What I do distinctly remember is that my hamburger had something inexplicably hard within the meat. So hard, in fact, that I chipped my front tooth.



The piece of front tooth. My first adventure-related injury.

In the late afternoon we came upon the last section of the day, 1-3, which includes Nine Mile Road. This unimproved stretch of road was easily the most technical of the trip. It ran along the banks of the Toledo Bend Reservoir in the Sabine National Forest. The "road" was narrow an pocked with deep mud sections and standing water. Counselor and I were having such fun that we almost didn't notice the stretch of barbed wire running directly across the path.

Sorry, we didn't take a picture. We ended up driving along the fence line until we found a break. We drove across a field to rejoin Nine Mile Road. Before long, however, we were forced into a confrontation with a local landowner/foreman. The area was clearly being developed for housing and the developer didn't want folks driving through his land. He claimed the road was closed since he owned all the land abutting the national forest road.

I didn't argue with him. I played nice and dumb until he allowed us to continue to our destination. I don't know that I agree with his logic of the legality of closing a public roadway simply because he owns the land on both sides. I may have to call the Sabine County office and find out whether his closing the road was done legally. If not, my next trip loadout will include a letter from the county commissioner and some wire cutters.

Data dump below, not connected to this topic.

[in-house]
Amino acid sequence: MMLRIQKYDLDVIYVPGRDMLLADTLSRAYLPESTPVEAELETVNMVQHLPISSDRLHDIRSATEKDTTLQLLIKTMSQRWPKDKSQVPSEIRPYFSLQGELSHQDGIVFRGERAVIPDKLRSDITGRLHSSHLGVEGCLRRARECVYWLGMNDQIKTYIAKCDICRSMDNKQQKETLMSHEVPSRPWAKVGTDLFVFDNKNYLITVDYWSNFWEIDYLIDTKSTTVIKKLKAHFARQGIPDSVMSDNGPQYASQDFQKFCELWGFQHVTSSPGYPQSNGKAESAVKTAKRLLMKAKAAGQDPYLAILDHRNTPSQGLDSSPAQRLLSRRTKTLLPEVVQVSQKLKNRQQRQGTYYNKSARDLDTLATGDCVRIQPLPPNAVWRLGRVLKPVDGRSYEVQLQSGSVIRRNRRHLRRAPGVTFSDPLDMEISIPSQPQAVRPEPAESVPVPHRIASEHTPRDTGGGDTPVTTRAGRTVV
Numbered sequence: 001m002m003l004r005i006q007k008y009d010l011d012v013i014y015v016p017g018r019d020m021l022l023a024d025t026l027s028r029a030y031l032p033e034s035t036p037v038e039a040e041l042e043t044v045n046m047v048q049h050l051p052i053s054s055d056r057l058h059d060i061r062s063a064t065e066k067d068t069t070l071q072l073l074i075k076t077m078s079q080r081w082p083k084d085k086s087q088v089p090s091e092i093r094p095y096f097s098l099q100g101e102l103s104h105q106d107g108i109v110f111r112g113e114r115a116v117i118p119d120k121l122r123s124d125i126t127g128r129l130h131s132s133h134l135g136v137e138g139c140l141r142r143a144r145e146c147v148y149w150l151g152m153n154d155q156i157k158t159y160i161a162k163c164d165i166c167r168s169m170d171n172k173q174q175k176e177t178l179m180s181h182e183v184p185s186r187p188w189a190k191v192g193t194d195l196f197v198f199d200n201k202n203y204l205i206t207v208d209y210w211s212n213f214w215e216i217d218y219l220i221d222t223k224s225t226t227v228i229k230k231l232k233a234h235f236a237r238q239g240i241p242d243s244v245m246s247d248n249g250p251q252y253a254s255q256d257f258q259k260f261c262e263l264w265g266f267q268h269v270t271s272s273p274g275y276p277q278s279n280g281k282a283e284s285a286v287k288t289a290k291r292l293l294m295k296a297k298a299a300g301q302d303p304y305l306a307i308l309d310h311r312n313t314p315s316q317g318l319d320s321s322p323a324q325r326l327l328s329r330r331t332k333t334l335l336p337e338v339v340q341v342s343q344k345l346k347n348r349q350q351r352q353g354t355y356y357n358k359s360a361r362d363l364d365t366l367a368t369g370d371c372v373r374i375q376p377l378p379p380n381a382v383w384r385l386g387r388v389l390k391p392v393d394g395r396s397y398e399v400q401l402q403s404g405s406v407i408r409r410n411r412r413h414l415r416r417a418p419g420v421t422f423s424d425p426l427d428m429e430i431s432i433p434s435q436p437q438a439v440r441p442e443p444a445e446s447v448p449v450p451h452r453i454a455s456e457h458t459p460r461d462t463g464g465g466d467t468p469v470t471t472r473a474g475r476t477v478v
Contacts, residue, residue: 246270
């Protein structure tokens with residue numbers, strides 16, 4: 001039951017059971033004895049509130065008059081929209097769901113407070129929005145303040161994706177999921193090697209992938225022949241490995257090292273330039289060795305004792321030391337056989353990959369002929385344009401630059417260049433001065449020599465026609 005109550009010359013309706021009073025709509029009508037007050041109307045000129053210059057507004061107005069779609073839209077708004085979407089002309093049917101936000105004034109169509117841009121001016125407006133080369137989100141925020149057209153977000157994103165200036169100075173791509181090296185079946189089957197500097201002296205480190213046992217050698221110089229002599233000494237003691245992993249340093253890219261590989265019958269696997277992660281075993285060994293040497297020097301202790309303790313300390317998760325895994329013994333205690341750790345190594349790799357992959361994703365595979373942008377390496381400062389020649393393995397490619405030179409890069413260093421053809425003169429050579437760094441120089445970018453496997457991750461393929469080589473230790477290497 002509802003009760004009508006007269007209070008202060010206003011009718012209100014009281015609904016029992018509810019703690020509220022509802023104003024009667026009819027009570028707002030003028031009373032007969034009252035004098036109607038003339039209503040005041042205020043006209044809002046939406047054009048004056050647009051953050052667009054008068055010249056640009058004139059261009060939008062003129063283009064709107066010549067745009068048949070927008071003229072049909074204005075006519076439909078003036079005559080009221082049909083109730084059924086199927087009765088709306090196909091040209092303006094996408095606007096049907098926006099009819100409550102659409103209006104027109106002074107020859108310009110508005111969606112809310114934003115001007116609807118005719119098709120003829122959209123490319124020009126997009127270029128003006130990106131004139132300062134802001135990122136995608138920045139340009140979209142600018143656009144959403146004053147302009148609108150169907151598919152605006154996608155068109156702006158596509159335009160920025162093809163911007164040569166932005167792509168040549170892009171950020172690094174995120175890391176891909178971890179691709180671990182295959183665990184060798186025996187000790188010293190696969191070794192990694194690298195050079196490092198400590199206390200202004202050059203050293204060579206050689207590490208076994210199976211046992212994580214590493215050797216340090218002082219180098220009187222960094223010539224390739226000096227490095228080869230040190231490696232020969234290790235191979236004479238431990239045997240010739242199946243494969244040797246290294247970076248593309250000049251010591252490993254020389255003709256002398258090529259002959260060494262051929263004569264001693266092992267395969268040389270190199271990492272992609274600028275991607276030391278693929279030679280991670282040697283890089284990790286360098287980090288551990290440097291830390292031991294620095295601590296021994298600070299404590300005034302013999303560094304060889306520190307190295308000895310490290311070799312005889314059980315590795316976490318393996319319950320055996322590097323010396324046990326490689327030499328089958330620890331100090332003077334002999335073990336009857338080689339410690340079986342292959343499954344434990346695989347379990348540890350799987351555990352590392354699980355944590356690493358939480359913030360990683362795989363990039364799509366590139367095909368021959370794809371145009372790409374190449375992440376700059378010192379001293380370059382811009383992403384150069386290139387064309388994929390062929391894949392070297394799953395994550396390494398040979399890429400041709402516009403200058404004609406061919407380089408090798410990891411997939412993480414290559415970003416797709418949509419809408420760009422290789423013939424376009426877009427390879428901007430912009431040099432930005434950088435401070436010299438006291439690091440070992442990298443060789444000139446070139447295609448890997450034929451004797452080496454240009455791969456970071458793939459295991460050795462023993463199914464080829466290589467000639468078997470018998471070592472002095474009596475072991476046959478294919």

Bean's VIP campground is not where the GPS waypoint says it is. It's close, but no cigar. You'll have to drive around a bit. The peninsula is small, so you'll find it eventually.



My setup. Notice the beautiful reservoir beyond.



Counselor went with a tent this time, though a really small one.

Counselor's cold was really catching up with him at this point and he didn't feel like riding twelve miles to go out to dinner. Instead, he downed a NyQuil cocktail and shoe-horned himself into his mini-tent.

I really didn't feel like going out either, so I boiled a cup of water on the fire and prepared a Mountain Home freeze dried meal. Spaghetti. After ten minutes of soaking, it didn't look like spaghetti. It tasted almost, but not quite, entirely unlike spaghetti. I decided at last that it wasn't spaghetti, it was soup. Soup that was inspired by spaghetti. It turned out to be the best damned spaghetti soup I'd ever eaten.

One Ambien later I was sleeping like a man with a clear conscious.

**END of Day One**

Coming Soon - Day Two

Rusty Shovel screwed with this post 04-24-2013 at 06:08 PM
Rusty Shovel is offline   Reply With Quote